Marginal Forecast Parlayed into Challenging Lift Contest

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By Dan G, MVSA Webmaster

In an enchanted land far far away…. the weather was in question as was the field. Our CD went out early and at 7:30 AM reported back – the field is good – let’s fly. Click here for contest results.

We slowly arrived (I slowly arrived) and we had a quick and easy pilots meeting. Bill R, Bob W, Bill O, Rich S, Dan G, Bob G, Rich R, Dave Q, Larry W and John H all were there (I hope I’m not leaving anyone out). The conditions were different – 5-10 mph out of the north-northwest. The zeitgeist on the field was, “it’s an up and down day and will be won on landings.” Though at times this fatalistic outlook broke with bouts with “lift”.

Rich R waits for traffic before launching his Ava Pro.

The cloudy sky with rolling clouds at times opened with rays of sun – not seen on the ground but on the shines of aircraft. The short flights of round one gave way to slightly longer flights. Something with the winch pedal – Dave Q popped off the line – I think he re-launched. Bill R saw what looked like a stream of smoke from his E-Ava Pro. He committed to an emergency landing but all was well.

Bill O waits for traffic to clear before launching his Volo in the Unlimited class. He finished second behind Dave Q, right, who also timed for him.

Dave Q. made a little rattle on the field at the end of round 3 a few big black birds (this may come across as a broad generalization of the avian to some who study them but – oh well) found lift along the ridge with him. Who is to say which came first but there they were! The fatalism of the field parlayed to general optimism! This was Dave Q – flying with the birds – or vice versa – again – who can say which came first.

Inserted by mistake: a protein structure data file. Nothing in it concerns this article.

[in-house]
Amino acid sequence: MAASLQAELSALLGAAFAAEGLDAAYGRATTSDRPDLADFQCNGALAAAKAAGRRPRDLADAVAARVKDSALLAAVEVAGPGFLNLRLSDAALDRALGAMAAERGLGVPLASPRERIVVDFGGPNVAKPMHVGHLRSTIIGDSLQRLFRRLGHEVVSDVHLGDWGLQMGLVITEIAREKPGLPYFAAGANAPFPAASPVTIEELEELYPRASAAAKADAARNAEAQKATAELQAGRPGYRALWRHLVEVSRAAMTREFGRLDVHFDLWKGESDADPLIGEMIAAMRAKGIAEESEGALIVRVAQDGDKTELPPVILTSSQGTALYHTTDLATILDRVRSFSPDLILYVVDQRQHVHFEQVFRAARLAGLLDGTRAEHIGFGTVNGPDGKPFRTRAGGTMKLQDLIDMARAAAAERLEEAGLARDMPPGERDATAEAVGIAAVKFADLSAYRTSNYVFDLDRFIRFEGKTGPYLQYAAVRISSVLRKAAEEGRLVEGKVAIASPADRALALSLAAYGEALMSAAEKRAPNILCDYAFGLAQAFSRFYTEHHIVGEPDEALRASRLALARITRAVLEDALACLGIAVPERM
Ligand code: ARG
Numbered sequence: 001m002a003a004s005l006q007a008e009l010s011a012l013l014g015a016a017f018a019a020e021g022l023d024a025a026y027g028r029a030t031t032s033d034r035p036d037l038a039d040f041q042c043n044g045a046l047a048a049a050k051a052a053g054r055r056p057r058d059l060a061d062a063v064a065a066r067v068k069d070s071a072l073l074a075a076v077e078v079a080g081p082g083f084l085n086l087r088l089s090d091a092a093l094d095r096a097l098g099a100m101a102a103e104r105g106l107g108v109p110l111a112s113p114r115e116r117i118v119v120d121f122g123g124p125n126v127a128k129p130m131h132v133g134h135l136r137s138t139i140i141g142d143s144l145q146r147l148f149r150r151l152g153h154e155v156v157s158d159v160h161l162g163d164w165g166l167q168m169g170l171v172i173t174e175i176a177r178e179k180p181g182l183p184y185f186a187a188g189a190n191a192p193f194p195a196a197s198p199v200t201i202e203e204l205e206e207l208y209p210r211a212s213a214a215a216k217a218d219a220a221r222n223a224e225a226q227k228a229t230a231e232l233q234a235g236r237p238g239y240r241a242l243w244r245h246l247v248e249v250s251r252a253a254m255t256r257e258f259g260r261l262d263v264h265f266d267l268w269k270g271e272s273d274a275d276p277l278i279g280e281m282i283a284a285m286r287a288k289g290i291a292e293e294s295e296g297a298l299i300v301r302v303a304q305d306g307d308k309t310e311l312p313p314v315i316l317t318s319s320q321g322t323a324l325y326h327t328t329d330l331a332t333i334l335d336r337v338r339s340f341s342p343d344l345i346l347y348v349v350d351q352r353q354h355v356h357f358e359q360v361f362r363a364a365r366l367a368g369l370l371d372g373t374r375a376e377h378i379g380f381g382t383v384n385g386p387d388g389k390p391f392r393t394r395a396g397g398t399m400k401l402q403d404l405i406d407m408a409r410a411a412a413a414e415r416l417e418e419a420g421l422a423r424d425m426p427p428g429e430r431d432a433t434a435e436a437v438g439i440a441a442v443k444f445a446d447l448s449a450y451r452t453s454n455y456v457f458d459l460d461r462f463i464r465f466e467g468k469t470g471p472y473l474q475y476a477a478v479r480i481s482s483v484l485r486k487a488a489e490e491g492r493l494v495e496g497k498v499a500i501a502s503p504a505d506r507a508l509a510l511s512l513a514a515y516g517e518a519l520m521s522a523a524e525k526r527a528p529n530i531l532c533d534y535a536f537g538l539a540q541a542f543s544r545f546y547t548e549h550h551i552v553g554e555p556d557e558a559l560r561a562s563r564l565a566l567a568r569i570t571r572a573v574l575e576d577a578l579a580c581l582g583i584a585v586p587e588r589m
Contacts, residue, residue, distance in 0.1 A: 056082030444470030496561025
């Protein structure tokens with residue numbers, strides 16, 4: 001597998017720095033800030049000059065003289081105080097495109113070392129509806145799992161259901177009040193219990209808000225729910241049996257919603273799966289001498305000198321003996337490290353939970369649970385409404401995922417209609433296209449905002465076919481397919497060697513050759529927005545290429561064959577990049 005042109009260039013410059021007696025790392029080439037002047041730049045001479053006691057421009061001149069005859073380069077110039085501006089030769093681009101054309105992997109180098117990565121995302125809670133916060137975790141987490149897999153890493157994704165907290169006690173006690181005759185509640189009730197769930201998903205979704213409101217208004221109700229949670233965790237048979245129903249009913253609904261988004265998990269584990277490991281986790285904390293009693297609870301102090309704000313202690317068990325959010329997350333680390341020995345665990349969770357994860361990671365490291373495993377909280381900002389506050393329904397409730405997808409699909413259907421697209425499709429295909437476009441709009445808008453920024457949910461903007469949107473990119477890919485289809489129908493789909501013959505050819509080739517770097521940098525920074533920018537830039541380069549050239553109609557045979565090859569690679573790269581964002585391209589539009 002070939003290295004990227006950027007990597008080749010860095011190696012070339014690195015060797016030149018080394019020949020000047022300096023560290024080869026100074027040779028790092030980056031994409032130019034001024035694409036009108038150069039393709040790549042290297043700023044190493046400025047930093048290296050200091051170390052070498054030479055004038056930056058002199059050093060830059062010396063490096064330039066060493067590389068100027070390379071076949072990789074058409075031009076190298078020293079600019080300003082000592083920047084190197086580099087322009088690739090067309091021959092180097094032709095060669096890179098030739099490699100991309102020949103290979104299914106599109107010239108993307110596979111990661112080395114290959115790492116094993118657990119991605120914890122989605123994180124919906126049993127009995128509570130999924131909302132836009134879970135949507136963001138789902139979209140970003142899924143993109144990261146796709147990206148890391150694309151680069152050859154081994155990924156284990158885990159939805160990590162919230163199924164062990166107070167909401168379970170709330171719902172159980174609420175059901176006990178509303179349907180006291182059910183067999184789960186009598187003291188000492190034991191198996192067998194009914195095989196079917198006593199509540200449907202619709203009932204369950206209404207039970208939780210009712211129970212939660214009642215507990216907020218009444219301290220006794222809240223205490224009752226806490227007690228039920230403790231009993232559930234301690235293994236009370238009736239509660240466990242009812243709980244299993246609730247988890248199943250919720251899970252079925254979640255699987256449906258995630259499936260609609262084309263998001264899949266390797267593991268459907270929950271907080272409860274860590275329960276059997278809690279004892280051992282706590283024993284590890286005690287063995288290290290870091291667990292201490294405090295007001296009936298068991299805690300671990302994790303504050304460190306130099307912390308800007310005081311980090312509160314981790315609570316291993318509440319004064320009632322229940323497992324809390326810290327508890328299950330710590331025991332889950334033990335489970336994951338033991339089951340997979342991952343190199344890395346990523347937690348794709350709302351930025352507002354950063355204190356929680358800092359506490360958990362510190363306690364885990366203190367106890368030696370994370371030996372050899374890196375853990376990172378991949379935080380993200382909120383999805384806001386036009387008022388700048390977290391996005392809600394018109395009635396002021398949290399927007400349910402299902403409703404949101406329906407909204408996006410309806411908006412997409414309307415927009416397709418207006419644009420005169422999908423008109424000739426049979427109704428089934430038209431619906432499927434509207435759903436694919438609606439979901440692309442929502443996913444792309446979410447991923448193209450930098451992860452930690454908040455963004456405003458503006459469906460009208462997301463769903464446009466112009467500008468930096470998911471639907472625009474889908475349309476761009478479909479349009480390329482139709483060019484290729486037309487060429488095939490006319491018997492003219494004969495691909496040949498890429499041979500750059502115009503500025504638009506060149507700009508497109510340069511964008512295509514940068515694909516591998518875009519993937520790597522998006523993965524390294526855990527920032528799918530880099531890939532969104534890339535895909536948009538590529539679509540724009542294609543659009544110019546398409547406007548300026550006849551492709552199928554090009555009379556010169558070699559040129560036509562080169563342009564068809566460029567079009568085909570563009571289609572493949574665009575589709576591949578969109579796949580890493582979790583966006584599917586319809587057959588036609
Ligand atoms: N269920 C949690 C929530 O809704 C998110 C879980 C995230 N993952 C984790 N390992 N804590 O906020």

And then it began – the boom-30 of round four. Dave flew well as did many others – “eight minutes” – “nine minutes” could be heard from timers. “Ten” and then “ten” was heard from Bill R. as he timed my last two flights – first an unlimited fixed up Explorer 3 and then an Ava Pro in RES. (Sigh)

Members parked their cars at the edge of the field boundaries.

And then like a tired wimper – it was over. The day, while not a typical July summer day in St. Louis – steamy and what not – was instead a slow roll broiler of a day with cloud radiant heat that never really got above 80F. “Are you going to fly more” was common – but also was the response “I would but I’m tired. The brain burns through tremendous energy as well, all schemed to find lift and longer flights. It was not a typical summer contest – smoldering with white hot intensity of a jungle barbecue party at midday – (right) but a slow burn where all fought for every scrap they could find and put on their plate.

It was that kind of day.